Rank outsiders

It is a mindset that will be difficult to undo. Although AACSB says its proposals are meant to make business schools centres of practical research and pedagogy, rather than sanctuaries of discipline-based scholarship, their faculties will fear that adopting them will downgrade their own status. Furthermore, professors' prospects of achieving tenure at their own institutions—or of being headhunted by others—are themselves linked to their publication in journals. On an individual basis, they are left with little incentive to turn away from traditional and esoteric research.

How to proceed from here? If faculty refuse to accept this type of reform, AACSB's proposals are powerless—the accrediting agency is no more than the sum of its parts. But another, more powerful beast is lurking—the MBA rankings. Two of the most important—those published by the Financial Times and Business Week—now score schools on their contribution to both journals they consider purely “academic” and ones they consider “practitioner”—ie, ones managers might read.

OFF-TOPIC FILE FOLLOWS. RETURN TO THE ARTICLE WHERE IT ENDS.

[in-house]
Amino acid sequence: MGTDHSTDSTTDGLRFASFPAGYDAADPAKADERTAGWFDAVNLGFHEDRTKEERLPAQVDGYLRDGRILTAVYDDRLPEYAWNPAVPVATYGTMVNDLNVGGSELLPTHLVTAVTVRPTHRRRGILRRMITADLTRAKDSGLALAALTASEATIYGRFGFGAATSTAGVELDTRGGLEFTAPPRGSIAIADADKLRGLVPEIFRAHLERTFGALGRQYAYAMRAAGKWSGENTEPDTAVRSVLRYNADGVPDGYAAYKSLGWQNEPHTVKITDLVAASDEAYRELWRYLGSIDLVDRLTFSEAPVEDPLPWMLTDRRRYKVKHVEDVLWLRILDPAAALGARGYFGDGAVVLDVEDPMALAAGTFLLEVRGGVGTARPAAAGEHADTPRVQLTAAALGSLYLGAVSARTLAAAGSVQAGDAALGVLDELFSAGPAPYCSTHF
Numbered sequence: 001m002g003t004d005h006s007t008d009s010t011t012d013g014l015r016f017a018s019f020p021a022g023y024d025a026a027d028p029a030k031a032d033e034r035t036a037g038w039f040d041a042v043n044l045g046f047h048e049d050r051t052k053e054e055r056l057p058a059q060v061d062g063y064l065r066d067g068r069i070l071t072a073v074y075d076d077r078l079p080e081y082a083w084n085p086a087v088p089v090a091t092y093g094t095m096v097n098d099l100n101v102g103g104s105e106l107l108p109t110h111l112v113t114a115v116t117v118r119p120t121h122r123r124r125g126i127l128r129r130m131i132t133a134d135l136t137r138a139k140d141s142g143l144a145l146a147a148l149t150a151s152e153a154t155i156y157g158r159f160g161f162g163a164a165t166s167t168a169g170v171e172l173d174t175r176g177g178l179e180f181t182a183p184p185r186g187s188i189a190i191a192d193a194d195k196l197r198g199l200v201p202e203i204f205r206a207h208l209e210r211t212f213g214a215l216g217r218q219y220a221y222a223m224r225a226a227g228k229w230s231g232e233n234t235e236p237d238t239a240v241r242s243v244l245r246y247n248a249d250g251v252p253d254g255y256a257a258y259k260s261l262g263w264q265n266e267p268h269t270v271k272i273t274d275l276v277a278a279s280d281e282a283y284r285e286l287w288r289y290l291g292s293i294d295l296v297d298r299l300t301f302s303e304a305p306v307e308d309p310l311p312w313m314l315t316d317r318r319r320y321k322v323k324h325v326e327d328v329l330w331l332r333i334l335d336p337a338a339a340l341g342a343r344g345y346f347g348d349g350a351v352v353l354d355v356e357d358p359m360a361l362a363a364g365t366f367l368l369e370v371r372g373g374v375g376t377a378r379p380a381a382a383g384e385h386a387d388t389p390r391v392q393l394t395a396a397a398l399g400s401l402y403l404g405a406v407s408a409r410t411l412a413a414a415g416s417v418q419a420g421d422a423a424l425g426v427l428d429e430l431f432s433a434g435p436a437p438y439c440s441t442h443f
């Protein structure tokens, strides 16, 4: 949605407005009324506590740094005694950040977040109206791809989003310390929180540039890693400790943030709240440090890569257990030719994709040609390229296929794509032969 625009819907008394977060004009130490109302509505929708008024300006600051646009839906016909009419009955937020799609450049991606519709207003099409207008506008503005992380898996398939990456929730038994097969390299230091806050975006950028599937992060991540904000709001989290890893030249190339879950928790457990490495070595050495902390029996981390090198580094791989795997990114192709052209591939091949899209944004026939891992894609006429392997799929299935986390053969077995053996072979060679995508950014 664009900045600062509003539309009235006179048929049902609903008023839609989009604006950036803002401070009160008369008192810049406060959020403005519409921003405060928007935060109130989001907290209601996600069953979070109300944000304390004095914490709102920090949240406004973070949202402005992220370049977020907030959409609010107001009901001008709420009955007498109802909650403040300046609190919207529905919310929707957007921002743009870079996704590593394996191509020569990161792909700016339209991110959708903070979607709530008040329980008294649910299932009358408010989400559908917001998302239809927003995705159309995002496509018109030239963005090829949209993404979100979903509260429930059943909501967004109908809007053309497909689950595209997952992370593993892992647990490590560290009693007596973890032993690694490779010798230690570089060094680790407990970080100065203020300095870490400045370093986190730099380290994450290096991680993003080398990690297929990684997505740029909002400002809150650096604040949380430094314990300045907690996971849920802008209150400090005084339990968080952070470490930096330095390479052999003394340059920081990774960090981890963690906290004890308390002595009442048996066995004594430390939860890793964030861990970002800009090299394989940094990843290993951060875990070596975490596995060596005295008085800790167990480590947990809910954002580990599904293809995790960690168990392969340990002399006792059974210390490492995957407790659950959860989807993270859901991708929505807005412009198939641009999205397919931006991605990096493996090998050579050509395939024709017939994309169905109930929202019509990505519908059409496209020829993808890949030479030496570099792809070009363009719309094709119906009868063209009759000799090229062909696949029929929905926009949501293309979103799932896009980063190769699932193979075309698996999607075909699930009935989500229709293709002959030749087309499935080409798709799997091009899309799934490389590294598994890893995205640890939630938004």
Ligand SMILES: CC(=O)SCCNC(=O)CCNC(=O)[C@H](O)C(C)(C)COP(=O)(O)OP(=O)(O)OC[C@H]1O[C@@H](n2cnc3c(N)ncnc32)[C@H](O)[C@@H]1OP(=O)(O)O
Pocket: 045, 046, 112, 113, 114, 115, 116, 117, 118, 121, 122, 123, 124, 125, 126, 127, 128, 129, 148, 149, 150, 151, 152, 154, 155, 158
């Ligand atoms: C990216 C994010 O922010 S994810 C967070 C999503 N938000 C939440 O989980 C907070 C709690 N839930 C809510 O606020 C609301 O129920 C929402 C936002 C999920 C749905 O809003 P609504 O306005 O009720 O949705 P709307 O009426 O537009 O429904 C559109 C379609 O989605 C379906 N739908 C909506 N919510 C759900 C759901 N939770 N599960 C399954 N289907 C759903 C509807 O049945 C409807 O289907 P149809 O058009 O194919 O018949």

Business schools inhabit a highly competitive world; no matter what they may say, they care intensely about their rankings. If they find they can improve their positions by pursuing more practical research programmes, their administrators’ attitudes may yet change. Whatever the defenders of academic purity may wish, there is hope for the real world yet.

Thursday, September 06, 2007

MICPA Business Forum 2007 and Corporate Secretary 2007 (Marcus Evans)

Monday September 3 & 4 was the MICPA Business Forum at the Shangri-La Hotel, Kuala Lumpur. A pix of the panel discussion consisting of Kuwait House CEO, Datuk Ali former Securities Commission Chairman, Datuk Ismail Shahudin chairman of Bank Muamalat and Bakarudin of Bank Negara Malaysia is uploaded above.